The reformative effect of punishment is a belief that dies hard, chiefly I think, because it is so satisfying to our sadistic impulses.
Justice is justice though it's always delayed and finally done only by mistake.
The law does not pretend to punish everything that is dishonest. That would seriously interfere with business.
The idea that the sole aim of punishment is to prevent crime is obviously grounded upon the theory that crime can be prevented, which is almost as dubious as the notion that poverty can be prevented.
Money will determine whether the accused goes to prison or walks out of the courtroom a free man.
If two people fight on the street, whose fault is it? Who is the criminal? It is the government’s responsibility because the government has not educated the people to not make mistakes. The people have inadequate, incompetent education, so they make mistakes! It is such a fraud.
Civilization is maintained by a very few people in a small number of places and we need only some bombs and a few prisons to blot it out altogether.
Our task must be to free ourselves from this prison by widening our circles of compassion to embrace all living creatures and the whole of nature in its beauty.
The uneven impact of actual enforcement measures tends to mirror and reinforce more general patterns of discrimination (along socioeconomic, racial and ethnic, sexual, and perhaps generational lines) within the society. As a consequence, such enforcement (ineffective as it may be in producing conformity) almost certainly reinforces feelings of alienation already prevalent within major segments of the population.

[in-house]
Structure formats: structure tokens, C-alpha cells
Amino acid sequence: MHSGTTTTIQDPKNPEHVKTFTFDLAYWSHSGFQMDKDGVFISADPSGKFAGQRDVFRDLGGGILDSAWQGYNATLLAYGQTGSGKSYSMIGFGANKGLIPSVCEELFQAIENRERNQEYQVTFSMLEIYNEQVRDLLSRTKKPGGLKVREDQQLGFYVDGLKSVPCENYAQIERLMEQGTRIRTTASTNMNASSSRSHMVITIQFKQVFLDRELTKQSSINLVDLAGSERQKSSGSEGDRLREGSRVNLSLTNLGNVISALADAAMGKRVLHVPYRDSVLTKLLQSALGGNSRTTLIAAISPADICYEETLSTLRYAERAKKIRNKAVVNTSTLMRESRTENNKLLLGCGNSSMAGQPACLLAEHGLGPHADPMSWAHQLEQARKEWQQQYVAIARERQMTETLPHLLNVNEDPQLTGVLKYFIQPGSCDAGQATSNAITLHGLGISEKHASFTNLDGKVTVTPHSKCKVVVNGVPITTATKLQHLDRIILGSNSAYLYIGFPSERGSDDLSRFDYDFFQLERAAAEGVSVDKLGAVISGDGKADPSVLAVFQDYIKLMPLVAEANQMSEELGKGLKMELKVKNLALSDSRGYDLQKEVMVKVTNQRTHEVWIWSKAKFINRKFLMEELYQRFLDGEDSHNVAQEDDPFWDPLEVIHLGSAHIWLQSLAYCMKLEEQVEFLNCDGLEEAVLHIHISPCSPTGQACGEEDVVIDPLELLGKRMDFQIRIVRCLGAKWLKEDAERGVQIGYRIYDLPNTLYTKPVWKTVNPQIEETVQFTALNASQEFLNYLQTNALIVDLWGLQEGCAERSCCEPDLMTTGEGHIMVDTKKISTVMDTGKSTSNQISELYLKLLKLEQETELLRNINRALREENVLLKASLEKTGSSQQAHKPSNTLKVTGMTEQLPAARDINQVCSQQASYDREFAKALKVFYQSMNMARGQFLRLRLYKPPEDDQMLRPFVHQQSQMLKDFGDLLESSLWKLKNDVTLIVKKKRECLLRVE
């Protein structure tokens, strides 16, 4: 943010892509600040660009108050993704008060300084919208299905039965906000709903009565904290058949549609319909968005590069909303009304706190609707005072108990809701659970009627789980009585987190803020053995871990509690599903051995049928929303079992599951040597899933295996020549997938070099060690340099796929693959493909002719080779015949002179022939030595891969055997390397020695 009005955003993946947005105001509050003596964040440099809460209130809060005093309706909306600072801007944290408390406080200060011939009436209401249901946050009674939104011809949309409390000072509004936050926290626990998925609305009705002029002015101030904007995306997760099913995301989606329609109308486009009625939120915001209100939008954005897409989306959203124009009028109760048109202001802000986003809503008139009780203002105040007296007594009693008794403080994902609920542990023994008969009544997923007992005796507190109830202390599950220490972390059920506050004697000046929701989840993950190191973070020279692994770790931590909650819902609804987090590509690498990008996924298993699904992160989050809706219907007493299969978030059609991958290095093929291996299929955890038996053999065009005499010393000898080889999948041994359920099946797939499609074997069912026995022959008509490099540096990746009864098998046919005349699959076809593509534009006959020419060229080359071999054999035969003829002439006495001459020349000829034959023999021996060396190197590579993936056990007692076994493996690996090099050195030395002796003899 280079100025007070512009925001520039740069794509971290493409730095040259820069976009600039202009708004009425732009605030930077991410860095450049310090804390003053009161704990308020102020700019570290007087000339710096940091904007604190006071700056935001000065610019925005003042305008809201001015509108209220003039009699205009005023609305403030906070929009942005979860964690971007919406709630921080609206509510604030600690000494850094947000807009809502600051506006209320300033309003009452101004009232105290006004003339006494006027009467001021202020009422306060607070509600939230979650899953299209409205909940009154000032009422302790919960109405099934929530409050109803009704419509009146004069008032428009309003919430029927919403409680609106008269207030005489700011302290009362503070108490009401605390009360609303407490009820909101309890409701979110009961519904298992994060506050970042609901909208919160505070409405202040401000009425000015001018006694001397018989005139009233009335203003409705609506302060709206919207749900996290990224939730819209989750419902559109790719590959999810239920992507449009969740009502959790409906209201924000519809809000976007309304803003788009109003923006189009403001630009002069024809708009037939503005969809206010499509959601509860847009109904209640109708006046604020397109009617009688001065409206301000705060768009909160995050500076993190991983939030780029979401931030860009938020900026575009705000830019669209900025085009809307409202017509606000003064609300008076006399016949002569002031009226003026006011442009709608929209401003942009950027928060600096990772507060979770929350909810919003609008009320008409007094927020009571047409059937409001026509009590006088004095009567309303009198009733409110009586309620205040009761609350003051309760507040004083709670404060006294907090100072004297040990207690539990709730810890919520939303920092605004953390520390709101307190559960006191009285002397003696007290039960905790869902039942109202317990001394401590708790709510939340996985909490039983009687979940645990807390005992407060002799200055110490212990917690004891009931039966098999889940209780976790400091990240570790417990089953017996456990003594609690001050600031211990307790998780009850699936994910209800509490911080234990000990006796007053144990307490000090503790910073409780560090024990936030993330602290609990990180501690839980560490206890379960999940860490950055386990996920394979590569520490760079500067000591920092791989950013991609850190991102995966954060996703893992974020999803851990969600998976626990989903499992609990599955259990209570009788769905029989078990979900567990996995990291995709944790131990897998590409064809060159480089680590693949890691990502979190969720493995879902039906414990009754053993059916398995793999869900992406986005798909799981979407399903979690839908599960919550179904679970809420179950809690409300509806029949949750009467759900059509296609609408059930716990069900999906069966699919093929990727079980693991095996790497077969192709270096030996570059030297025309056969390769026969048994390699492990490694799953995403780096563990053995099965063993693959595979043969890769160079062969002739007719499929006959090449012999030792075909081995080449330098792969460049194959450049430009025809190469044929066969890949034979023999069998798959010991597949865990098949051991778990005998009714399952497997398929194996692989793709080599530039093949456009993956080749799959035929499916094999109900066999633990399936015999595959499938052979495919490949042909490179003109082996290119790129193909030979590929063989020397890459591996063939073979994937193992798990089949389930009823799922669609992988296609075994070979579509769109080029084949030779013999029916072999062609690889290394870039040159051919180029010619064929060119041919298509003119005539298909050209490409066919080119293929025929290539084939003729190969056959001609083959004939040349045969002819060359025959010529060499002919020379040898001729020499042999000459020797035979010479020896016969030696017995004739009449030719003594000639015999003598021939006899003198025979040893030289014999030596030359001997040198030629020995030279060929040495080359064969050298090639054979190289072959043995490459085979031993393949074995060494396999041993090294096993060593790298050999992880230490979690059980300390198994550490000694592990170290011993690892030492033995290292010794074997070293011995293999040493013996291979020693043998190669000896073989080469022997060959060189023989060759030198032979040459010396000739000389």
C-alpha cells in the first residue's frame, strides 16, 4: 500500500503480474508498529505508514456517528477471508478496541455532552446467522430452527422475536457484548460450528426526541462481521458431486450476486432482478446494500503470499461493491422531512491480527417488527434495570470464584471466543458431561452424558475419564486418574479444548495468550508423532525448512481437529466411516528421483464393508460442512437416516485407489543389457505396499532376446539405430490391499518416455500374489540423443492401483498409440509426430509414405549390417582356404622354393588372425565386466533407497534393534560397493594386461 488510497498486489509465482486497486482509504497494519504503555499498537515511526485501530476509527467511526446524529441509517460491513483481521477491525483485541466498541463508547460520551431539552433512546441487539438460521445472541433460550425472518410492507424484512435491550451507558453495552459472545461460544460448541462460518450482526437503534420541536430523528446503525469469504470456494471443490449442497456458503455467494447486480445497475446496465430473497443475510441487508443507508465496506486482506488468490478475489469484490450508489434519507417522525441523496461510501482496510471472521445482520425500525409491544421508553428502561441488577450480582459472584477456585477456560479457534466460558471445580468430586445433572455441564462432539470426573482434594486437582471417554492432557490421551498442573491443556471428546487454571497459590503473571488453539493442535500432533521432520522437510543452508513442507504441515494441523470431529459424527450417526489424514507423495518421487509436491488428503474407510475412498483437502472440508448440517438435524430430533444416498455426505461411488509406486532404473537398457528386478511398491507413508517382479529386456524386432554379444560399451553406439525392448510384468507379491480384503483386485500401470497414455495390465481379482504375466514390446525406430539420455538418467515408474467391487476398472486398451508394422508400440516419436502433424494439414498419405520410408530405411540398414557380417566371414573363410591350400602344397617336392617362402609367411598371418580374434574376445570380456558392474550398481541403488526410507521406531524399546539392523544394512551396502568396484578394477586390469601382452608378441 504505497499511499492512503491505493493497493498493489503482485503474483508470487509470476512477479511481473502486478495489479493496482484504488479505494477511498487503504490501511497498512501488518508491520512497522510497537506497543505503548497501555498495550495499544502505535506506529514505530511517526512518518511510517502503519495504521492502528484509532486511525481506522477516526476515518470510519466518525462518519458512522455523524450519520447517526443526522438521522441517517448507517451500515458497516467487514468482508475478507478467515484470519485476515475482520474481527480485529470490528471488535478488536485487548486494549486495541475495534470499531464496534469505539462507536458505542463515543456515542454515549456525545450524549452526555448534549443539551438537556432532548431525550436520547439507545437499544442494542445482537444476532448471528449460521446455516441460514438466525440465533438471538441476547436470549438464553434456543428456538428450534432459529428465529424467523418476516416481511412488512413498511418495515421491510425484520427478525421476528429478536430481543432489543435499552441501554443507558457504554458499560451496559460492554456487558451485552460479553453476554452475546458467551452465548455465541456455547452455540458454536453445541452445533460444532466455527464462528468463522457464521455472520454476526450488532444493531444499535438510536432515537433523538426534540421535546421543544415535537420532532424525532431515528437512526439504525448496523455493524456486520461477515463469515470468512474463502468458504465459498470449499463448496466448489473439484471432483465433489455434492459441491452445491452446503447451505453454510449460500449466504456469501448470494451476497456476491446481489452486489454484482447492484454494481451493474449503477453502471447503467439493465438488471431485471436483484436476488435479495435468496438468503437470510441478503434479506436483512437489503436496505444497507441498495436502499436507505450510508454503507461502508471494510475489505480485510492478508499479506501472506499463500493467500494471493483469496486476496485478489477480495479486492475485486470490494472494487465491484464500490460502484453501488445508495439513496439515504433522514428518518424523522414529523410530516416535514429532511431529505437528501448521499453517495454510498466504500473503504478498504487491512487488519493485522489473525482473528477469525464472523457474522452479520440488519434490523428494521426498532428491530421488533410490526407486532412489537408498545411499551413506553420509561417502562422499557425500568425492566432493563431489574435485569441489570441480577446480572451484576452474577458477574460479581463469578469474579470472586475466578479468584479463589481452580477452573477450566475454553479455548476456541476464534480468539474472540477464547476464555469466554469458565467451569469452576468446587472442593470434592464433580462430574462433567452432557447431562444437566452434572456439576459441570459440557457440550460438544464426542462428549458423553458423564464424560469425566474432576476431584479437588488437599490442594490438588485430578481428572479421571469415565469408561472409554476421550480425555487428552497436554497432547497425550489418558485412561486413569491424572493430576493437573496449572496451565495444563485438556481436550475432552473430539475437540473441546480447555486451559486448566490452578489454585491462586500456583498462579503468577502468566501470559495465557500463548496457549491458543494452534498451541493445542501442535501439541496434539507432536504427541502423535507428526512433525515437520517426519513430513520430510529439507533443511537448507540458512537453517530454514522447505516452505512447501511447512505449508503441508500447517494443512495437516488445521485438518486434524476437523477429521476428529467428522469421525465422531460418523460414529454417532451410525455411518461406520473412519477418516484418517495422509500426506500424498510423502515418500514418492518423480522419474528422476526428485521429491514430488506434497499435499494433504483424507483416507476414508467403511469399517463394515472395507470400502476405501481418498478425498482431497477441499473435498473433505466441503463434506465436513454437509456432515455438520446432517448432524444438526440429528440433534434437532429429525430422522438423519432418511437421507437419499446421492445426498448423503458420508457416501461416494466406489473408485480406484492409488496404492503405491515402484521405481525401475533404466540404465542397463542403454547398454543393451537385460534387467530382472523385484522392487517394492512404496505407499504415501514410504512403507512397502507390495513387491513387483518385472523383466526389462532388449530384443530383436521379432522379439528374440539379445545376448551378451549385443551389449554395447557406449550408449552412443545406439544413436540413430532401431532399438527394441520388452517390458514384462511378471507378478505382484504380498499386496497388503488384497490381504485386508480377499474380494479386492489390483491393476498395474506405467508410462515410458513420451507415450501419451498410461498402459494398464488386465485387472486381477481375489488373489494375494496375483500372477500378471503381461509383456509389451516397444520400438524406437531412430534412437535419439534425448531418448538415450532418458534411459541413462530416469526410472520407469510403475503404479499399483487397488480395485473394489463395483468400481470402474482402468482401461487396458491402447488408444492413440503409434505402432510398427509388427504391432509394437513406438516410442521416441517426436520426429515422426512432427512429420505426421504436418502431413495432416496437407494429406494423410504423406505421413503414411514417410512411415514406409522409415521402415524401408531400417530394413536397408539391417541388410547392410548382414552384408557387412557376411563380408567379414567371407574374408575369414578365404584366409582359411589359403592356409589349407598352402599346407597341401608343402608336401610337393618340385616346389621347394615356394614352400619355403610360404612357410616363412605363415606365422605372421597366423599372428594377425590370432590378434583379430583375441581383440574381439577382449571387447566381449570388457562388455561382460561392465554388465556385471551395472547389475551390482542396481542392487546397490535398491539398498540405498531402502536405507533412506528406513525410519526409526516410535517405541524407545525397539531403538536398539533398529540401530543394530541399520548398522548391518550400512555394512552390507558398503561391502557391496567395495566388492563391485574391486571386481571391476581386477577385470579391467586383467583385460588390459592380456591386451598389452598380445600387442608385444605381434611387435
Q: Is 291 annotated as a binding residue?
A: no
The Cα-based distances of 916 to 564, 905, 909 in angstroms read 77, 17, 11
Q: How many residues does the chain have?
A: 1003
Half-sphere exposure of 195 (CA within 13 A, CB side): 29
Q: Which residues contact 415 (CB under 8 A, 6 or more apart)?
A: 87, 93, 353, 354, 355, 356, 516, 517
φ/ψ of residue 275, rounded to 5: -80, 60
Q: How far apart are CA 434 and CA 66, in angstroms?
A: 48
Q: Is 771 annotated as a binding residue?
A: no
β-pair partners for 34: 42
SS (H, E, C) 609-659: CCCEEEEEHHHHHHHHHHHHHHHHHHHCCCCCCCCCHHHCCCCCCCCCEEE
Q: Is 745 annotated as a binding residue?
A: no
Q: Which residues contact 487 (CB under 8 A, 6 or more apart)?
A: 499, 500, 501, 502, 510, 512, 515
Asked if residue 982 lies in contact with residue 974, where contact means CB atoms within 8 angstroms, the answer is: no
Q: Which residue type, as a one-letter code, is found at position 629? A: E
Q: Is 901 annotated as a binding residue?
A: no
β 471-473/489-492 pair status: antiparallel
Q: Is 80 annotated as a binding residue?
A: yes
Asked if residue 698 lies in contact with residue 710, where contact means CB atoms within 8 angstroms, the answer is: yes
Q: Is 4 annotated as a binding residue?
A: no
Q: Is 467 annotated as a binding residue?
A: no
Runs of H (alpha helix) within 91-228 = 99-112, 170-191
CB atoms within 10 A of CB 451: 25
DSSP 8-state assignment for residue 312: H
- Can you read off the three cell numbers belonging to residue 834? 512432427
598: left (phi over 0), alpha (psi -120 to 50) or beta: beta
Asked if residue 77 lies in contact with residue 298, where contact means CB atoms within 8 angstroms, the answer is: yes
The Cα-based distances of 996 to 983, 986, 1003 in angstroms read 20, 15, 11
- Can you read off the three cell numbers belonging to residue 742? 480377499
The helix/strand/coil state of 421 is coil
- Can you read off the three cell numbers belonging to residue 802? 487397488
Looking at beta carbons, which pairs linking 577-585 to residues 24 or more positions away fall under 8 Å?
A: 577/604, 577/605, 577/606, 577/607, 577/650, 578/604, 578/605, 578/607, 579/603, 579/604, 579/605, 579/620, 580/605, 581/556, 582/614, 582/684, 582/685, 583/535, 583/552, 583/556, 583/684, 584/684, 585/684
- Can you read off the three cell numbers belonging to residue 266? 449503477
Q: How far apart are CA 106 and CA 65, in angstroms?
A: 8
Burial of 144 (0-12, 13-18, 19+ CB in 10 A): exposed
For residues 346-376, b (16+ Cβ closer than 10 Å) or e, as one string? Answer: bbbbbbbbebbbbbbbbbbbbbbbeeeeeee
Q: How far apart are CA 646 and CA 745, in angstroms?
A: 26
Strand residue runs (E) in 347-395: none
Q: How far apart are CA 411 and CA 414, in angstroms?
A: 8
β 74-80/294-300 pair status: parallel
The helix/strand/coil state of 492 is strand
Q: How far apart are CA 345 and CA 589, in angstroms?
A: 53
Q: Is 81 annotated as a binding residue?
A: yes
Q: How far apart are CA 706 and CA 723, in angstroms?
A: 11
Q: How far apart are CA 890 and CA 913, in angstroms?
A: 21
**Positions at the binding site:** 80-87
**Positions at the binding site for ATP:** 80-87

If it's near dinner-time, the foreman takes out his watch when the jury has retired, and says: "Dear me, gentlemen, ten minutes to five, I declare! I dine at five, gentlemen." "So do I," says everybody else, except two men who ought to have dined at three and seem more than half disposed to stand out in consequence. The foreman smiles, and puts up his watch:--"Well, gentlemen, what do we say, plaintiff or defendant, gentlemen?
To make punishments efficacious, two things are necessary. They must never be disproportioned to the offence, and they must be certain.
There is no greater punishment of wickedness that that it is dissatisfied with itself and its deeds.
I have been studying how I may compare this prison where I live unto the world; Shut up in the prison of their own consciences.
They took away my money, my family, and my security. Why couldn't they destroy my ideas? We will question them in court tomorrow as we trigger The Revolution of all revolutions!
It is not at the table, but in prison, that you learn who your true friends are.
It is certain that the study of human psychology, if it were undertaken exclusively in prisons, would also lead to misrepresentation and absurd generalizations.
One of the many lessons that one learns in prison is, that things are what they are and will be what they will be.